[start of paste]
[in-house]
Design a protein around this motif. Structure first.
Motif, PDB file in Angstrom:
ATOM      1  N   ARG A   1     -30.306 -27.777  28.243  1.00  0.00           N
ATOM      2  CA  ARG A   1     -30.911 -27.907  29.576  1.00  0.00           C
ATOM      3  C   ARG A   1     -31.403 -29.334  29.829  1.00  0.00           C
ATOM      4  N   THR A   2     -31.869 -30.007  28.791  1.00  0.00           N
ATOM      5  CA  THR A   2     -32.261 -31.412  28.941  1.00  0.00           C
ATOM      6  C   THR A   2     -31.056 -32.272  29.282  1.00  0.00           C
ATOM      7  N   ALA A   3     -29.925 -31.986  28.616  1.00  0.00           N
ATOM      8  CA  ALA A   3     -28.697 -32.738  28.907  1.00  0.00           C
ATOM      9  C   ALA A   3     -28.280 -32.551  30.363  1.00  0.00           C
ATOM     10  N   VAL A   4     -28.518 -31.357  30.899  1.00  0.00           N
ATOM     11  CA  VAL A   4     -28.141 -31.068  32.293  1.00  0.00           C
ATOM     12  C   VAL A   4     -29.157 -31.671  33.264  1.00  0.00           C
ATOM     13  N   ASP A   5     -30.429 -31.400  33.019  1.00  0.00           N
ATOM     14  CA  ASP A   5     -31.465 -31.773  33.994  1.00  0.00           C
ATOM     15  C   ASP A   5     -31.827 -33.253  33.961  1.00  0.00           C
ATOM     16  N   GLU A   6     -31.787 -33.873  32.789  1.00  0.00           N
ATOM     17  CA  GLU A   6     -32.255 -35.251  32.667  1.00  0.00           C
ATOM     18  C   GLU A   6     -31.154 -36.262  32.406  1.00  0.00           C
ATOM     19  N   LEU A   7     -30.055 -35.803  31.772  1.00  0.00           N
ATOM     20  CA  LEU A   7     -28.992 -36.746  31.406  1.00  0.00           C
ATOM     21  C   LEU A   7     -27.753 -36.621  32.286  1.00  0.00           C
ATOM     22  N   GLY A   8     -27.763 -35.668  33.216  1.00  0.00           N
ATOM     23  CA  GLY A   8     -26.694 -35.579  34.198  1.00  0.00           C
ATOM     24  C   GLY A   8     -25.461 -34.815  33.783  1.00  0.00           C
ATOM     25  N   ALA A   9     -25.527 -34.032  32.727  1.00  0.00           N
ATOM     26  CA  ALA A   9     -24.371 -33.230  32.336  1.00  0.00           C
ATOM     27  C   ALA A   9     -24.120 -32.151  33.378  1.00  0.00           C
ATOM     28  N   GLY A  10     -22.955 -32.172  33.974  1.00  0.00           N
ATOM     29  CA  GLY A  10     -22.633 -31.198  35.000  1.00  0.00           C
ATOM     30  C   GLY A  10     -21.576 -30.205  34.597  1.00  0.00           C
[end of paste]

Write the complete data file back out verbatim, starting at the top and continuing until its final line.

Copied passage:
[in-house]
Design a protein around this motif. Structure first.
Motif, PDB file in Angstrom:
ATOM      1  N   ARG A   1     -30.306 -27.777  28.243  1.00  0.00           N
ATOM      2  CA  ARG A   1     -30.911 -27.907  29.576  1.00  0.00           C
ATOM      3  C   ARG A   1     -31.403 -29.334  29.829  1.00  0.00           C
ATOM      4  N   THR A   2     -31.869 -30.007  28.791  1.00  0.00           N
ATOM      5  CA  THR A   2     -32.261 -31.412  28.941  1.00  0.00           C
ATOM      6  C   THR A   2     -31.056 -32.272  29.282  1.00  0.00           C
ATOM      7  N   ALA A   3     -29.925 -31.986  28.616  1.00  0.00           N
ATOM      8  CA  ALA A   3     -28.697 -32.738  28.907  1.00  0.00           C
ATOM      9  C   ALA A   3     -28.280 -32.551  30.363  1.00  0.00           C
ATOM     10  N   VAL A   4     -28.518 -31.357  30.899  1.00  0.00           N
ATOM     11  CA  VAL A   4     -28.141 -31.068  32.293  1.00  0.00           C
ATOM     12  C   VAL A   4     -29.157 -31.671  33.264  1.00  0.00           C
ATOM     13  N   ASP A   5     -30.429 -31.400  33.019  1.00  0.00           N
ATOM     14  CA  ASP A   5     -31.465 -31.773  33.994  1.00  0.00           C
ATOM     15  C   ASP A   5     -31.827 -33.253  33.961  1.00  0.00           C
ATOM     16  N   GLU A   6     -31.787 -33.873  32.789  1.00  0.00           N
ATOM     17  CA  GLU A   6     -32.255 -35.251  32.667  1.00  0.00           C
ATOM     18  C   GLU A   6     -31.154 -36.262  32.406  1.00  0.00           C
ATOM     19  N   LEU A   7     -30.055 -35.803  31.772  1.00  0.00           N
ATOM     20  CA  LEU A   7     -28.992 -36.746  31.406  1.00  0.00           C
ATOM     21  C   LEU A   7     -27.753 -36.621  32.286  1.00  0.00           C
ATOM     22  N   GLY A   8     -27.763 -35.668  33.216  1.00  0.00           N
ATOM     23  CA  GLY A   8     -26.694 -35.579  34.198  1.00  0.00           C
ATOM     24  C   GLY A   8     -25.461 -34.815  33.783  1.00  0.00           C
ATOM     25  N   ALA A   9     -25.527 -34.032  32.727  1.00  0.00           N
ATOM     26  CA  ALA A   9     -24.371 -33.230  32.336  1.00  0.00           C
ATOM     27  C   ALA A   9     -24.120 -32.151  33.378  1.00  0.00           C
ATOM     28  N   GLY A  10     -22.955 -32.172  33.974  1.00  0.00           N
ATOM     29  CA  GLY A  10     -22.633 -31.198  35.000  1.00  0.00           C
ATOM     30  C   GLY A  10     -21.576 -30.205  34.597  1.00  0.00           C